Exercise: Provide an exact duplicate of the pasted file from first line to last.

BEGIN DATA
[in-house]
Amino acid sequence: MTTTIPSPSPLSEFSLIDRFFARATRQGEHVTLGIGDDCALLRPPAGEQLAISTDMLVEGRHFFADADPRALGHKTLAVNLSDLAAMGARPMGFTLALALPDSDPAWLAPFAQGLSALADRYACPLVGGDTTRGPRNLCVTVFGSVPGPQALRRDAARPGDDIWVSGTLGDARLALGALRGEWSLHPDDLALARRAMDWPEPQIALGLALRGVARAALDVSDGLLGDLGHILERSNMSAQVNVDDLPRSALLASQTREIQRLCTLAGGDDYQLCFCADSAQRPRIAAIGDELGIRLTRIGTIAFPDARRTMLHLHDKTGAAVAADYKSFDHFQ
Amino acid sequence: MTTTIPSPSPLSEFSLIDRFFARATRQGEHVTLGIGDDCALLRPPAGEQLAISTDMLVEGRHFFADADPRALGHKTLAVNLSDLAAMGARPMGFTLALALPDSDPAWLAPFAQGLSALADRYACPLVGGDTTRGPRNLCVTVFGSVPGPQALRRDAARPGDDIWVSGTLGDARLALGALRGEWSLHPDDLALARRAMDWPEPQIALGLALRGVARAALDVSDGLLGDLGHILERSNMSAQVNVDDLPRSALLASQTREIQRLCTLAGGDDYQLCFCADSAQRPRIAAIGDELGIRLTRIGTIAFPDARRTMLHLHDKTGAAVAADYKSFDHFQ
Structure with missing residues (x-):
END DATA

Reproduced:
[in-house]
Amino acid sequence: MTTTIPSPSPLSEFSLIDRFFARATRQGEHVTLGIGDDCALLRPPAGEQLAISTDMLVEGRHFFADADPRALGHKTLAVNLSDLAAMGARPMGFTLALALPDSDPAWLAPFAQGLSALADRYACPLVGGDTTRGPRNLCVTVFGSVPGPQALRRDAARPGDDIWVSGTLGDARLALGALRGEWSLHPDDLALARRAMDWPEPQIALGLALRGVARAALDVSDGLLGDLGHILERSNMSAQVNVDDLPRSALLASQTREIQRLCTLAGGDDYQLCFCADSAQRPRIAAIGDELGIRLTRIGTIAFPDARRTMLHLHDKTGAAVAADYKSFDHFQ
Amino acid sequence: MTTTIPSPSPLSEFSLIDRFFARATRQGEHVTLGIGDDCALLRPPAGEQLAISTDMLVEGRHFFADADPRALGHKTLAVNLSDLAAMGARPMGFTLALALPDSDPAWLAPFAQGLSALADRYACPLVGGDTTRGPRNLCVTVFGSVPGPQALRRDAARPGDDIWVSGTLGDARLALGALRGEWSLHPDDLALARRAMDWPEPQIALGLALRGVARAALDVSDGLLGDLGHILERSNMSAQVNVDDLPRSALLASQTREIQRLCTLAGGDDYQLCFCADSAQRPRIAAIGDELGIRLTRIGTIAFPDARRTMLHLHDKTGAAVAADYKSFDHFQ
Structure with missing residues (x-):